Plotting the relationship of the features with the target, classe, yields a first glimpse on potentially meaningful features.
Looks fine, let’s save the progress! We can now tinker around with a clean data set and can always return back to this state.
Since the training is a bit computational heavy, I outsourced this step and brought an Amazon AWS EC2 t2.2xlarge instance into play. I performed the training steps shown down below on this instance and then transferred the results to my own machine. Here are the details on its environment:
I chose to use a nested cross-validation strategy with a 5-fold inner cross-validation plan and a 3-fold outer cross-validation plan. Following the 3-fold outer cross-valdation plan, the data set is first split into 3 folds. Evaluation of the test error and hyperparameter tuning are performed using two of these folds by 5-fold cross-validation, the inner cross-validation plan:
The best parameter combination is then evaluated against the remaining fold of the 3-fold outer cross-validation plan:
The mlr homepage provides a great graphical representation of this strategy here.
Since it is a classification problem and the classes seem to be balanced, I chose the mean misclassification error to evaluate the learners’ performance. Other metrics, such as accuracy or F1-score, would also have been suitable and are easy to add if necessary.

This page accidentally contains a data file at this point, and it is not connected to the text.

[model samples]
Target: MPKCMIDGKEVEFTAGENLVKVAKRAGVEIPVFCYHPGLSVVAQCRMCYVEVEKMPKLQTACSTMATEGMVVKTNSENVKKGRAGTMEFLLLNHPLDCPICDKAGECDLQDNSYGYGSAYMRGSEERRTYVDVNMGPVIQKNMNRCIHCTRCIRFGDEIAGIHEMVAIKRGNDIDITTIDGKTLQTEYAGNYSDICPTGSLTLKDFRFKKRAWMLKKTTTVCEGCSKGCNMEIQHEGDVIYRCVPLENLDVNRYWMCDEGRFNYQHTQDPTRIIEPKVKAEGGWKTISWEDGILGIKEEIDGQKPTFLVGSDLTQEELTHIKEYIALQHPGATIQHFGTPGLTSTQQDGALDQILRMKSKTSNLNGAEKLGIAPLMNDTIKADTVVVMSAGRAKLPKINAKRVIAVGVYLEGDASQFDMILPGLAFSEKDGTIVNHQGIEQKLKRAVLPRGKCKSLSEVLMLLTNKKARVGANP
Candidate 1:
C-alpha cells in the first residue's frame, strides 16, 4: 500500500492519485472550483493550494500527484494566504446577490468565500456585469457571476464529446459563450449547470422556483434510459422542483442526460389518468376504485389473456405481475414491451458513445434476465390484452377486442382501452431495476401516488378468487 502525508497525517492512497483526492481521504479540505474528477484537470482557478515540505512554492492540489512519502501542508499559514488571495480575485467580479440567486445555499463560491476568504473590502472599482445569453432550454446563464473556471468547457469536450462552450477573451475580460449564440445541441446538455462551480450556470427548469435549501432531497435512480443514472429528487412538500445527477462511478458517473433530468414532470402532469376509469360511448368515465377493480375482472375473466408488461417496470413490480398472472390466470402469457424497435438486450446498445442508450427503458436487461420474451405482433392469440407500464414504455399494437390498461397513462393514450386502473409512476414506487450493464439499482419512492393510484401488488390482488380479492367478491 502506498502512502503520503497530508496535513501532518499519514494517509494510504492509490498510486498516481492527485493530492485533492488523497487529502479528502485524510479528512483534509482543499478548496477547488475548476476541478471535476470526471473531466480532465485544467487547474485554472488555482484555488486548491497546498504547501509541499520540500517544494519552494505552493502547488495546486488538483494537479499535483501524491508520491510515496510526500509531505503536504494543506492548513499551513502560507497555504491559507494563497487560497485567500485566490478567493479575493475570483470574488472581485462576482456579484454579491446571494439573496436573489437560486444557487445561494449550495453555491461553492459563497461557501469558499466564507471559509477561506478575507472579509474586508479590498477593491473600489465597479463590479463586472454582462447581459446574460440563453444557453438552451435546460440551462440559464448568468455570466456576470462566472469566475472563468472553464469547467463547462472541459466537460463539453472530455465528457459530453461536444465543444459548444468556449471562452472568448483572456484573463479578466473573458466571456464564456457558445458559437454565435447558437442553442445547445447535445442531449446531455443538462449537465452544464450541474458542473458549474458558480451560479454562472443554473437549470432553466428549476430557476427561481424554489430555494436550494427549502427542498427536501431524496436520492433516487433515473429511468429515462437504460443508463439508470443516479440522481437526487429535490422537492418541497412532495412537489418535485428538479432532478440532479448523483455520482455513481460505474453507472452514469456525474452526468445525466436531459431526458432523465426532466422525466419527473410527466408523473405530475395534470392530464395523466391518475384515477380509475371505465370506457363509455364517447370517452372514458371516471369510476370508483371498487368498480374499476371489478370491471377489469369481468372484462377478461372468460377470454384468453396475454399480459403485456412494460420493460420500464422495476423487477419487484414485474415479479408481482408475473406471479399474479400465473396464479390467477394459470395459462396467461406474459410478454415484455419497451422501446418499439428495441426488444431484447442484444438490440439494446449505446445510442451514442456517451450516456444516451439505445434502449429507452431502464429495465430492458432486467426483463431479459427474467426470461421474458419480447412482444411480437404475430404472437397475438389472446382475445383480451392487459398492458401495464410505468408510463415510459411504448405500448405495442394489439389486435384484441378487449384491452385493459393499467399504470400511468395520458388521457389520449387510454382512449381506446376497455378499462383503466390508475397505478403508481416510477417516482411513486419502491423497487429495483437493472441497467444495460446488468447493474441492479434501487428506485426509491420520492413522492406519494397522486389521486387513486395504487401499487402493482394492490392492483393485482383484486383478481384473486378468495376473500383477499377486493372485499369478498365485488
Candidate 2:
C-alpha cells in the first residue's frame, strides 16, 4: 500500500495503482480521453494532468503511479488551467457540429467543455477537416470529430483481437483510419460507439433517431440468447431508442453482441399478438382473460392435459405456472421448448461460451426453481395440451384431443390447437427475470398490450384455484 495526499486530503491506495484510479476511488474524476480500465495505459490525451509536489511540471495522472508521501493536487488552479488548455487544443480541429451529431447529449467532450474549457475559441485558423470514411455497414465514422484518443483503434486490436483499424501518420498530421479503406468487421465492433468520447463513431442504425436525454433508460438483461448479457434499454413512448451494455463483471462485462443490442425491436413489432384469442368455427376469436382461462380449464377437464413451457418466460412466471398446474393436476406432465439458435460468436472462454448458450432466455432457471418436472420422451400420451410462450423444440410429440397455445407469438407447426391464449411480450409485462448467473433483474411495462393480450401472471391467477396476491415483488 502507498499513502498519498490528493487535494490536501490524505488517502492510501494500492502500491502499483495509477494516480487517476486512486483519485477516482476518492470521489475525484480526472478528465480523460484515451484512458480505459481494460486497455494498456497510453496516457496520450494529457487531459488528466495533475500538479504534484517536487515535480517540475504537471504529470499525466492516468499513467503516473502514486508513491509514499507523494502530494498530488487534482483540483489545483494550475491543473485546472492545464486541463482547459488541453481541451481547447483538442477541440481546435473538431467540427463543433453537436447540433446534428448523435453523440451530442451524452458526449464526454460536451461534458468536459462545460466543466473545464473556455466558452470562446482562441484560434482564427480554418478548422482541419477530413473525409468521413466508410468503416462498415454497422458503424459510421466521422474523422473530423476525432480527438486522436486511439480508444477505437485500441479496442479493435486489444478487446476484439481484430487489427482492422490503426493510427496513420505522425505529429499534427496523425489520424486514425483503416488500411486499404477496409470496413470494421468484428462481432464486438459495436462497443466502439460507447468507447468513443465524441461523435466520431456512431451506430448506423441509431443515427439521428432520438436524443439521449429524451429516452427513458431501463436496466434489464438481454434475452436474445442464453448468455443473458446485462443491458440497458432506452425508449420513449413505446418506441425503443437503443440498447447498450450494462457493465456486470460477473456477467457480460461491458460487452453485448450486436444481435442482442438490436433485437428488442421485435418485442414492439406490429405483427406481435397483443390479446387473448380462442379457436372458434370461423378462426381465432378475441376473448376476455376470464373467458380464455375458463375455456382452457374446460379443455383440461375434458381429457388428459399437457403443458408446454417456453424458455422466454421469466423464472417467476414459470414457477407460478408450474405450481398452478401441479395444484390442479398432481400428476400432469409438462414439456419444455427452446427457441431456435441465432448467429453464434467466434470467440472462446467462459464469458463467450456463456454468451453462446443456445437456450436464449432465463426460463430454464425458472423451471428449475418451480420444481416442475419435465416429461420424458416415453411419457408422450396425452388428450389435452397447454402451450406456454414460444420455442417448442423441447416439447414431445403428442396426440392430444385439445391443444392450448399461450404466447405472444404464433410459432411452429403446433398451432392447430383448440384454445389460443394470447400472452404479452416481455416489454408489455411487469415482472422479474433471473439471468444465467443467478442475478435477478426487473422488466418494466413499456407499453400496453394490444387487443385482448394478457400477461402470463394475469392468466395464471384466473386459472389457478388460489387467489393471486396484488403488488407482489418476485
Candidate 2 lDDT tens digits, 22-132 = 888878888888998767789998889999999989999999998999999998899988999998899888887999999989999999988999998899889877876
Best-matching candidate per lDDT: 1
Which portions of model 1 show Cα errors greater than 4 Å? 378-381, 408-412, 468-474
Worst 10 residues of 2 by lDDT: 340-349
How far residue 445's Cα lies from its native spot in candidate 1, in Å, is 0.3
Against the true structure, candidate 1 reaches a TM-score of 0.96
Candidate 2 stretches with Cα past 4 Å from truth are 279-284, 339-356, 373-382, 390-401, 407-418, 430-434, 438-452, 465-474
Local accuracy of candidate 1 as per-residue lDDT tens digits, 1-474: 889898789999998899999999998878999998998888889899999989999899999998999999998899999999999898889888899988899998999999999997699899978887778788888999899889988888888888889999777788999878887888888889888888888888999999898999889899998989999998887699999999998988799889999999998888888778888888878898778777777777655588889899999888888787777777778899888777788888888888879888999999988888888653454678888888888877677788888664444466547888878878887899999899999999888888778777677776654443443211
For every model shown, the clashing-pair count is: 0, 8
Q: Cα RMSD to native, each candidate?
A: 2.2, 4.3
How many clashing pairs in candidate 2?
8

I compare the performance of three different learners: a random forest, XGBoost (a gradient boosting algorithm), and a ranger (a fast implementation of random forests). Each learner’s hyperparameters are tuned in the cross-validation process. For preprocessing, I center and scale the features. Here are the leaners’ instantiations:
## Warning in makeParam(id = id, type = "numeric", learner.param = TRUE, lower = lower, : NA used as a default value for learner parameter missing.
## ParamHelpers uses NA as a special value for dependent parameters.
The XGBoost algorithm seems to do the best job here. Thus, I concentrate on this learner and go on with extended hyperparameter tuning. Next, I train the final model on the complete training data set and discard all others but the best performing hyperparameter set.
The last step of this analysis is to predict a small, completely new, and independent test set. First step again is to load the test data.
Load and prepare test data
testing<-read.csv("1_data/pml-testing.csv",na.strings=c("NA","NaN","","#DIV/0!"),row.names=1)# make sure that they have the same columns (except the target)df%>%select(-classe)%>%colnames()->varstesting<-testing[vars]
I use the model trained above to predict the 20 cases in this final test set.
## response true_labels correct_prediction
## 1 B B yes
## 2 A A yes
## 3 B B yes
## 4 A A yes
## 5 A A yes
## 6 E E yes
## 7 D D yes
## 8 B B yes
## 9 A A yes
## 10 A A yes
## 11 B B yes
## 12 C C yes
## 13 B B yes
## 14 A A yes
## 15 E E yes
## 16 E E yes
## 17 A A yes
## 18 B B yes
## 19 B B yes
## 20 B B yes
Seems like the learner did a great job! It predicted every case correctly. Yay! :)